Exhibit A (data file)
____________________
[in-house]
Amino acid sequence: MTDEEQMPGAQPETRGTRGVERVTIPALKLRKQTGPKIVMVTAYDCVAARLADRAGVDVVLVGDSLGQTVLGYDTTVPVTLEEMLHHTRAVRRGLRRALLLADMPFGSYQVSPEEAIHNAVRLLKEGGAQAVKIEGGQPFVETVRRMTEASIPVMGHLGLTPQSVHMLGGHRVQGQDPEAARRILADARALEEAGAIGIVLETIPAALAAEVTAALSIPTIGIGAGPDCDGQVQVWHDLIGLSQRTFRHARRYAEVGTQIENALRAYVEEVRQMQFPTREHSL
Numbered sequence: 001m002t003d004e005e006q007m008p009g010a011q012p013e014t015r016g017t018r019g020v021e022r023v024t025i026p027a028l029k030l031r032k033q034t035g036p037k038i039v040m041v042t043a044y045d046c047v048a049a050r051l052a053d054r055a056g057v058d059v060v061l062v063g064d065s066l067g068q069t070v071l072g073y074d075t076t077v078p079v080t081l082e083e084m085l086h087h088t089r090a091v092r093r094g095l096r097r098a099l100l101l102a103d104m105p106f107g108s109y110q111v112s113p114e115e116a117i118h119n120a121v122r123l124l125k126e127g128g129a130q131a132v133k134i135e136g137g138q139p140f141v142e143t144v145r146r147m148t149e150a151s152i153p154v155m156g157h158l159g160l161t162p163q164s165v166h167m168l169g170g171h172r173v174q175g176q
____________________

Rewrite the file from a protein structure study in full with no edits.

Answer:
[in-house]
Amino acid sequence: MTDEEQMPGAQPETRGTRGVERVTIPALKLRKQTGPKIVMVTAYDCVAARLADRAGVDVVLVGDSLGQTVLGYDTTVPVTLEEMLHHTRAVRRGLRRALLLADMPFGSYQVSPEEAIHNAVRLLKEGGAQAVKIEGGQPFVETVRRMTEASIPVMGHLGLTPQSVHMLGGHRVQGQDPEAARRILADARALEEAGAIGIVLETIPAALAAEVTAALSIPTIGIGAGPDCDGQVQVWHDLIGLSQRTFRHARRYAEVGTQIENALRAYVEEVRQMQFPTREHSL
Numbered sequence: 001m002t003d004e005e006q007m008p009g010a011q012p013e014t015r016g017t018r019g020v021e022r023v024t025i026p027a028l029k030l031r032k033q034t035g036p037k038i039v040m041v042t043a044y045d046c047v048a049a050r051l052a053d054r055a056g057v058d059v060v061l062v063g064d065s066l067g068q069t070v071l072g073y074d075t076t077v078p079v080t081l082e083e084m085l086h087h088t089r090a091v092r093r094g095l096r097r098a099l100l101l102a103d104m105p106f107g108s109y110q111v112s113p114e115e116a117i118h119n120a121v122r123l124l125k126e127g128g129a130q131a132v133k134i135e136g137g138q139p140f141v142e143t144v145r146r147m148t149e150a151s152i153p154v155m156g157h158l159g160l161t162p163q164s165v166h167m168l169g170g171h172r173v174q175g176q